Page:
Prokritee Boilerplate — DO NOT DELETE
"A woman earning helps the entire family because women invest their earnings in family. Then the family's betterment brings good impact on the entire community because of money circulation at different levels or circles."
Prokritee (meaning "nature" in Bangla) is an agency that is dedicated to empowering disadvantaged women who have little or no other opportunities. Most of the women employed by Prokritee are the heads of their households because they have been widowed, divorced, or separated, they have little or no income, are landless with few or no assets, and are primarily rural. Prokritee is a service-based agency that provides artisan organizations with management, product design and development, and marketing assistance. By providing jobs and skills for the women they are able to improve the women's standard of living and help them send their children to school. The women are paid a fair wage, offered training on quality awareness, health, savings, and gender equality, and are provided with a medical allowance and assistance, maternity leave, incomes bonuses, and loan options.
Artisan Minoti Mondal
A cheerful woman who enjoys her work, Minoti has been working for Bagdha, one of Prokritee's artisan groups, for twenty years now. Before Minoti was twenty years old she married a poor farmer. Life was a struggle and after having two sons and two daughters, her husband's income was just not enough. She started looking for work and found a handicraft project that was hiring poor and widowed women. She now works primarily with wood, carving wooden toys. The income she has earned has helped her family immensely. Her four children have been able to finish secondary school, and her 23 year old son has gone on to become a businessman. She is happy she was able to help her children further their education, and hopes to work for Bagdha for as long as she can.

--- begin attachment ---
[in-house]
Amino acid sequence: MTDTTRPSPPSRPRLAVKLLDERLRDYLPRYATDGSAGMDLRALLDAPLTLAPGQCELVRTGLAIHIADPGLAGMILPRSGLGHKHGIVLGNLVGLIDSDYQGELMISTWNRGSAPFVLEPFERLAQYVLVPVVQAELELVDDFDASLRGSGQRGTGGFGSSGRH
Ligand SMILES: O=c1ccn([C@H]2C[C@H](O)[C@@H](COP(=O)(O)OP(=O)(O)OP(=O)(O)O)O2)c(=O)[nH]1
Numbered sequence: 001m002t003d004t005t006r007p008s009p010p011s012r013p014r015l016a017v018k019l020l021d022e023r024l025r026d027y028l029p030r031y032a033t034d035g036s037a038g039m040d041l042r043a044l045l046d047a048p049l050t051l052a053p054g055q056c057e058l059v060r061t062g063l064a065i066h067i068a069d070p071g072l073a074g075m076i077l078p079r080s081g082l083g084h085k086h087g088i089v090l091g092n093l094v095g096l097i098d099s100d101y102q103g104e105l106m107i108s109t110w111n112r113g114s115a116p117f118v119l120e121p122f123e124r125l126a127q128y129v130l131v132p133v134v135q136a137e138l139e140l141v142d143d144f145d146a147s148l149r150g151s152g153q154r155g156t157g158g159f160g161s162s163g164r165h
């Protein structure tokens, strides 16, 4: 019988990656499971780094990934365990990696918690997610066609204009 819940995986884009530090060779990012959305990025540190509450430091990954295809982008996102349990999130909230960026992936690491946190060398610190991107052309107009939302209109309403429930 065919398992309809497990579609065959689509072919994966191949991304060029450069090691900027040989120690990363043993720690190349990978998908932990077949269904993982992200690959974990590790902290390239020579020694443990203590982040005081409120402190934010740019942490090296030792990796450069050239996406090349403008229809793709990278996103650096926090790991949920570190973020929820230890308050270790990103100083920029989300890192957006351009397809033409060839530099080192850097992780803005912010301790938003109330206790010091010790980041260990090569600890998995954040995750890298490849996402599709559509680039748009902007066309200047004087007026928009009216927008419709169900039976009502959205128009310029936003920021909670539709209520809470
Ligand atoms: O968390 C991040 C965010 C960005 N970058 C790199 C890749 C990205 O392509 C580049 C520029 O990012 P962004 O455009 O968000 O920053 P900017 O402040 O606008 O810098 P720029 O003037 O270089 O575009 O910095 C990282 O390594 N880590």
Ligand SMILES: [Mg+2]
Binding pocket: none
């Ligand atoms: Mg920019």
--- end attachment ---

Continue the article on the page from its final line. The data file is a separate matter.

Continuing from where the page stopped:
Artisan Usha Rani
Today Usha is a very skilled weaver for Hajiganj Handicrafts, one of Prokritee's artisan groups, but it wasn't always that way. When Hajigani was first started, Usha and the other women hired didn't know anything about weaving and had to be trained. The training lasted a couple of months, and by the end the women were able to weave baskets of all different shapes and sizes. Because Usha is highly skilled, she has been promoted to supervisor. She supervises the other producers to makes sure they are weaving quality baskets, and creates samples for customers.